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small business financial crisis

Your Business Faces a Financial Crisis. Now What?

When an entrepreneur starts a small business, the sky’s the limit. Just about every thought has to do with growth – how to improve product, step up marketing, tighten up sales strategies and find the right financing to prosper.

What entrepreneurs typically don’t think about is their business ending in bankruptcy.

Unfortunately, though, roughly 20% of small businesses fail within their first year. Almost half are gone within five.

Sometimes, events far beyond your control can end up determining the fate of your venture. Your businesses might very well face a financial crisis, like many did during COVID. The following are a few ways you can try to stave off closing, and more information about bankruptcy in case you have to go that route.

A Few Steps for Businesses Facing a Financial Crisis

“How did you go bankrupt?” Bill asked. “Two ways,” Mike said. “Gradually, then suddenly.”

These lines from Ernest Hemingway’s The Sun Also Rises reflect the way many businesses find themselves in financial trouble. The truth is, with few exceptions (such as COVID measures sending some businesses to a screeching halt), most bankruptcies occur thanks to problems that grow over time … but naturally, once a company actually has to file for bankruptcy, it feels quite sudden.

Your best bet is to be constantly financially vigilant. But if a financial crisis “sneaks up” on you, here are a few things to consider immediately:

  • Cut all nonessential costs, and reduce essential costs where you can. It should go without saying that anything that isn’t necessary to keeping the business running needs to go immediately. But you’d be surprised. The more successful the business, the cushier the office and the perks can get. And over time, those niceties can almost feel essential. But the office “Candy Corner” and “Donut Mondays” simply must go. You also might be able to reduce necessary costs. Switching from paper-based accounting and other system to digital ones can often help reduce hours. You might also consider negotiating with your vendors to see if they can reduce costs in any way – if they can find a way to cut back a little without losing a customer outright, they probably will.
  • Don’t stretch – survive. Similarly, but from 10,000 feet, you need to look at your budget in terms of “what do we need to survive?” If you’ve slated money toward expanding your business, upgrading your facilities or anything else focused on growth, those plans should be put on hold.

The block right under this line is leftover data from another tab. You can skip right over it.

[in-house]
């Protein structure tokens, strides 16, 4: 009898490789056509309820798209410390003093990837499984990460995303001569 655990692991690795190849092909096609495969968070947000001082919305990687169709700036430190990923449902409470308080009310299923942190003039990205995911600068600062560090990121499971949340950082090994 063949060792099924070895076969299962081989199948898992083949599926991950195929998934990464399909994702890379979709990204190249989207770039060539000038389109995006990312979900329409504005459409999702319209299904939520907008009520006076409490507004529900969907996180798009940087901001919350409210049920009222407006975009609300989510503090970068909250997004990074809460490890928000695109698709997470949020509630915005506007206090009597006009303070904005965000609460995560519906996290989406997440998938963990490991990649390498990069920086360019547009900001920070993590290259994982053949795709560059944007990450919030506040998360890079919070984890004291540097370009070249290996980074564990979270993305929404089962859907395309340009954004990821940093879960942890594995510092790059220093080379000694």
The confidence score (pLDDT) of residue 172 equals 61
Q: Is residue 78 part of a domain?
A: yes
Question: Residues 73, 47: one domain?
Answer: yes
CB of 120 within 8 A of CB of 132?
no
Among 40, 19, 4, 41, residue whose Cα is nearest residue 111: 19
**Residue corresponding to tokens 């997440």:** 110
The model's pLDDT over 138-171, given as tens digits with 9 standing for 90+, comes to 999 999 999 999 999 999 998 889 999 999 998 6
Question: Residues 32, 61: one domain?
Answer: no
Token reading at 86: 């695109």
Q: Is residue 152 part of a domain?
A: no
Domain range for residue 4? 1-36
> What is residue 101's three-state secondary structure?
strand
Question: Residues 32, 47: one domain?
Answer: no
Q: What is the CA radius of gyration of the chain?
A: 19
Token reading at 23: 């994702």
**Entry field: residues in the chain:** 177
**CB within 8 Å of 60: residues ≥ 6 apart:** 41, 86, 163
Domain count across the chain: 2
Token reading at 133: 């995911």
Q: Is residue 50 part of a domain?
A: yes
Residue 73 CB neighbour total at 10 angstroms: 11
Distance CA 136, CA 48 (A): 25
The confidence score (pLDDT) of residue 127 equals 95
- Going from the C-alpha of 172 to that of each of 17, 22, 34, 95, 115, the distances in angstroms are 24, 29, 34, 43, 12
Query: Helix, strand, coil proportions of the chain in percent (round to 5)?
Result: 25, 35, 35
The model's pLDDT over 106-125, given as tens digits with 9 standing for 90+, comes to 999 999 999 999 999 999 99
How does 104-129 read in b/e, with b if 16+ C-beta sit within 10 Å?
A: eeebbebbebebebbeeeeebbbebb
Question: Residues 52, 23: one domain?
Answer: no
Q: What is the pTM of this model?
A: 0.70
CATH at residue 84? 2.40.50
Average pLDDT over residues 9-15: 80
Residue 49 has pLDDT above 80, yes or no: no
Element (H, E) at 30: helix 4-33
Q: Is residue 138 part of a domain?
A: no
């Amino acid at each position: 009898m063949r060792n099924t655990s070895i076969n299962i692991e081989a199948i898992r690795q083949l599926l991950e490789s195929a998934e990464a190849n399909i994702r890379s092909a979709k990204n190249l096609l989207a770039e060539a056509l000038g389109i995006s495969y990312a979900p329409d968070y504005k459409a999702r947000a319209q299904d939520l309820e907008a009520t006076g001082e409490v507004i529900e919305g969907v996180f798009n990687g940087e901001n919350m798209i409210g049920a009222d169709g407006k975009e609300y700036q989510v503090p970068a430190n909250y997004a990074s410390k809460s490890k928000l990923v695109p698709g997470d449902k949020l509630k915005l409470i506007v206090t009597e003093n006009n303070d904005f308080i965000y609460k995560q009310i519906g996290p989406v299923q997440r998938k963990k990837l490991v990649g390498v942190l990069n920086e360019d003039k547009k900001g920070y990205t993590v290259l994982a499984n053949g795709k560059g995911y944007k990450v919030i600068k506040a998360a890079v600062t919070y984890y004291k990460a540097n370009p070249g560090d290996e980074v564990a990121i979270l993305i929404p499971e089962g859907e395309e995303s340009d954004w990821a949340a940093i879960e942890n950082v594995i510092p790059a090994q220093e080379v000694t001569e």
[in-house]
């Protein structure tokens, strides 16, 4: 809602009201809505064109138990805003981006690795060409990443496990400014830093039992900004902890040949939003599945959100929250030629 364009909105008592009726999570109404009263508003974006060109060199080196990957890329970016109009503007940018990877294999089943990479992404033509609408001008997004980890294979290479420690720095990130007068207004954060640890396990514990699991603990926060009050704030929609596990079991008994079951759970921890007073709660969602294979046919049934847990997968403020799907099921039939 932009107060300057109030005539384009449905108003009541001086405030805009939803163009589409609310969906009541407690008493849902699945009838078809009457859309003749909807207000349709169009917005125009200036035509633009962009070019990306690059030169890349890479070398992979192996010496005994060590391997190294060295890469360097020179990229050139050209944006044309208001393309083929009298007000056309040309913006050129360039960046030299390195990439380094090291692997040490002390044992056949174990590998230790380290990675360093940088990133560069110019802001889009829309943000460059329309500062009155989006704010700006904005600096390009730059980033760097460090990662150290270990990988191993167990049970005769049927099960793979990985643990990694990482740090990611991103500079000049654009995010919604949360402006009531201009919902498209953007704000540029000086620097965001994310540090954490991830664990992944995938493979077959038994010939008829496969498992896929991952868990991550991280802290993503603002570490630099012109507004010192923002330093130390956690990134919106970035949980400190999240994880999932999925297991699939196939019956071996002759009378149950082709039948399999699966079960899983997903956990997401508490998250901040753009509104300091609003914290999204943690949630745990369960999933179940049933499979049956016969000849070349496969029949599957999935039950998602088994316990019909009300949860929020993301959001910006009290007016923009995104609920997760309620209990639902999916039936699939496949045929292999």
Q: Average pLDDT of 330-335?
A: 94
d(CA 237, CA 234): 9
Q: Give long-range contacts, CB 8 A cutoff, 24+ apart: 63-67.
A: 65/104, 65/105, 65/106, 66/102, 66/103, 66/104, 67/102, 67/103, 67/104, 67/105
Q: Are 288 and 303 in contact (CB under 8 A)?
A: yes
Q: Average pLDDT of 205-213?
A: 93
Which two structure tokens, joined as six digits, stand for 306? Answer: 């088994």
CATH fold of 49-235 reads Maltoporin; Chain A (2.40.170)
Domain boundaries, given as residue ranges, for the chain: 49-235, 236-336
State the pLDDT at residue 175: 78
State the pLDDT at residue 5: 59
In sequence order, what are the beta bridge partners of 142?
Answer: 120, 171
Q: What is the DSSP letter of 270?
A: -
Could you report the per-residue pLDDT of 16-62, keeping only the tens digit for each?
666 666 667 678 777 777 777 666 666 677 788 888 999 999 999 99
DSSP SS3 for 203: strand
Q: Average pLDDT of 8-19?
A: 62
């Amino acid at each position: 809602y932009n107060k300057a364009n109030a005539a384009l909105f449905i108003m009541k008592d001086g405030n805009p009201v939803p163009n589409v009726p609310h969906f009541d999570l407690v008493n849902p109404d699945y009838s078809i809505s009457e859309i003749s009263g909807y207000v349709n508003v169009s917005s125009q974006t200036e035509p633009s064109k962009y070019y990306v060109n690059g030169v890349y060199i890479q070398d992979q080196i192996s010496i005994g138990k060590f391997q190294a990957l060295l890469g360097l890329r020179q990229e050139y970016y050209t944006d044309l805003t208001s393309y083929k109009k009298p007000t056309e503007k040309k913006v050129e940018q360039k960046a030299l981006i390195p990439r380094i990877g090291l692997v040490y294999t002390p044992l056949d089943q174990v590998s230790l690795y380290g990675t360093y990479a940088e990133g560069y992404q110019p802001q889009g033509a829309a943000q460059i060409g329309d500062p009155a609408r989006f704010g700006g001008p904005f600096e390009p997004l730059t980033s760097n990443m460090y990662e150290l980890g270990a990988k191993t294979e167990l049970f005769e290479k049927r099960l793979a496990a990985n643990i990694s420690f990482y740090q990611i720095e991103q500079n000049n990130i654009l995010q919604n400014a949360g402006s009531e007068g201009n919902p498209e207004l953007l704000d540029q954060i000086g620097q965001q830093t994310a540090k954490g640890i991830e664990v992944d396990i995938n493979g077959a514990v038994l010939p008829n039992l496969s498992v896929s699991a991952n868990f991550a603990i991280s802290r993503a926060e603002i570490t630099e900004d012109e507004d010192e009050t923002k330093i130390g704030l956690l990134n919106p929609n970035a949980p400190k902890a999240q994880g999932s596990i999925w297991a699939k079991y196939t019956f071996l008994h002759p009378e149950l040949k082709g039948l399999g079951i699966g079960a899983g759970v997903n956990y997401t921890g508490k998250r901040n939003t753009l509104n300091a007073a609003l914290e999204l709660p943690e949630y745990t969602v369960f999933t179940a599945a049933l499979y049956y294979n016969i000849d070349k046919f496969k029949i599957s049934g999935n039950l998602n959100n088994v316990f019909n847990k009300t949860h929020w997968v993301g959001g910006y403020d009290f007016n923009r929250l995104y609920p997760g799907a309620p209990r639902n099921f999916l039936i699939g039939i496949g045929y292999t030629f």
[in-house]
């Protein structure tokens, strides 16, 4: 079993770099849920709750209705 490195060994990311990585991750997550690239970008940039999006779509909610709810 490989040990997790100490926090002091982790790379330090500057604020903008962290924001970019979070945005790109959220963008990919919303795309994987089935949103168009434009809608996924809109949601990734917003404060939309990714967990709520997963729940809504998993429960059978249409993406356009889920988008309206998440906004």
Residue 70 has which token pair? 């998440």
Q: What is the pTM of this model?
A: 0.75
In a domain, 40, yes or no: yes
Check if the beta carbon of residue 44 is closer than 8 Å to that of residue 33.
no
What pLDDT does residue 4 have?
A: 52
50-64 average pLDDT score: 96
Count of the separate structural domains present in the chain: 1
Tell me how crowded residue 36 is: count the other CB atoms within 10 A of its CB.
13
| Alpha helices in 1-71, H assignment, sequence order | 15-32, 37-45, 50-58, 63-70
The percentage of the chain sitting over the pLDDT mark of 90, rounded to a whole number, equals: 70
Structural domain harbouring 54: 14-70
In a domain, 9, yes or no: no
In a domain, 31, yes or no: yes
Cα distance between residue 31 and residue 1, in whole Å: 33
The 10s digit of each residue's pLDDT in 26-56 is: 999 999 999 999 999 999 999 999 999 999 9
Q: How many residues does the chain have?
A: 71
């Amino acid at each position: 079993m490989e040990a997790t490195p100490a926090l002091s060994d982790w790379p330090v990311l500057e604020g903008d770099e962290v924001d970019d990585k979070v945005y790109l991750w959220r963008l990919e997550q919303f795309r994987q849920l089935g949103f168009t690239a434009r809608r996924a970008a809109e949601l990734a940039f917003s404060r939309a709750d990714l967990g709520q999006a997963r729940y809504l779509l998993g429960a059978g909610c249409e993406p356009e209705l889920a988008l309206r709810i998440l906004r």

• Keep a close eye on cash flow. In an ideal world, every small business would always be disciplined about monitoring cash flow, but it’s downright necessary if you’re going to manage a financial crisis. Among other things, this means being strict about customer invoices being paid (consider sending payment reminders ahead of invoice due dates) and knowing down to the day when any of your bills must be paid.


Sadly, some businesses do fail. They’re simply so indebted that they need assistance to get out. Enter bankruptcy, in which the debtor typically gives up some if not all business assets in exchange for wiping part or all of the debt.

A few types of bankruptcy to consider include:

  • Chapter 7: Chapter 7 bankruptcy typically is for companies that do not have a reasonable chance of continuing, usually because the debts are too overwhelming. In Chapter 7, the business immediately ceases operating. Then a court-appointed trustee takes control of assets and liquidates them to pay back creditors.
  • Chapter 11: Chapter 11 bankruptcy can be used if a business turnaround is possible. The business will be given a chance to reorganize and operate under a court-appointed trustee. Creditors must approve of the reorganization plan, which usually will include some sort of long-term repayment plan.
  • Chapter 13: Chapter 13 bankruptcies are used in personal bankruptcy, but also are applicable to businesses that are structured as a sole proprietorship. Because a sole proprietor is responsible for both personal and business debt, his or her assets can be used to pay off the debt as part of a reorganization. In some cases, you’ll get to keep some property, and some loan balances may be reduced.

Ask for Help Before It’s Too Late

The best way to stave away bankruptcy is to be proactive. Don’t wait until you’re embroiled in a financial crisis. Look for help at the first sign of trouble. For instance, McManamon & Co.’s accounting services can help small and midsized businesses get a better handle on their finances and suss out potential cost savings and other efficiencies.

And if you’re in a worst-case scenario, you don’t want to deal with bankruptcy alone. Our bankruptcy experts work with your business and legal representation, as well as debtors-in-possession, secured and unsecured creditors’ committees, equity stakeholders, receivers, bankruptcy trustees, examiners, liquidating trustees and disbursing agents to resolve financial problems efficiently and with as little stress as possible.

If your small business’s financial situation is difficult, reach out to us at 440.892.8900 or contact us online today.

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